Swedish firms have outshone German ones in the pandemic 6 August 2020
SINCE THE Middle Ages, when the Hanseatic League of merchant guilds dominated trade in northern Europe, the German and Swedish business worlds have been close. This remains the case. Both economies depend on exports, manufacturing and retail. Germany is the biggest market for many Swedish firms. Nearly a fifth of Sweden’s imports come from across the Baltic. The two countries’ stockmarkets also tend to move in lockstep (see chart).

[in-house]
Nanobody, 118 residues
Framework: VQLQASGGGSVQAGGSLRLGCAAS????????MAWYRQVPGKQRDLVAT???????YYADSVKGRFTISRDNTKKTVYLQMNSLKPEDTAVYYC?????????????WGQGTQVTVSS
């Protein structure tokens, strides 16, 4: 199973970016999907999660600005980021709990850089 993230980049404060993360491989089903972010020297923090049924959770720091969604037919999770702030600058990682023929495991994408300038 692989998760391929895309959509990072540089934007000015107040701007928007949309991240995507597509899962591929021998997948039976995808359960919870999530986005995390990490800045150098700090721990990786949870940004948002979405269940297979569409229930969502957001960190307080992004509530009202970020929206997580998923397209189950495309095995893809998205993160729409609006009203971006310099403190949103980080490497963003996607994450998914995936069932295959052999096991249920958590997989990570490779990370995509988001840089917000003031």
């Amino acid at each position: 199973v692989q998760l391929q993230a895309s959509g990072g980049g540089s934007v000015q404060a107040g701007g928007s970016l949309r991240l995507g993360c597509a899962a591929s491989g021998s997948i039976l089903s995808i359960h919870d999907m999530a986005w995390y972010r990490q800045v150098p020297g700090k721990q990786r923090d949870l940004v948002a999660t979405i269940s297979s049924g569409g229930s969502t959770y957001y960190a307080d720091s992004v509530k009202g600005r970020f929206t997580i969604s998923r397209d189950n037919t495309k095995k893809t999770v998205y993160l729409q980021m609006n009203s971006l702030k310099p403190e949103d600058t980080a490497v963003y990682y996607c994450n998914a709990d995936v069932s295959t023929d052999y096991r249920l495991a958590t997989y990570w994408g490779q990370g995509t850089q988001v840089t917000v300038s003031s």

You would, then, expect covid-19 to have affected Sverige AB and Deutschland AG in similar ways. Not quite. The 18 members of the DAX 30 index of Germany’s biggest firms that have already reported swung from a healthy profit in the second quarter of 2019 to a loss almost as big this year. For many companies, including Volkswagen, a giant carmaker, and BASF, the world’s biggest chemicals concern, results were even worse than analysts had expected. The income of the 27 Swedish firms in Stockholm’s OMX 30 that have reported so far fell by 49%, bad but much better than the DAX. If you include adjusted earnings of two opaque investment vehicles in the OMX, income actually rose.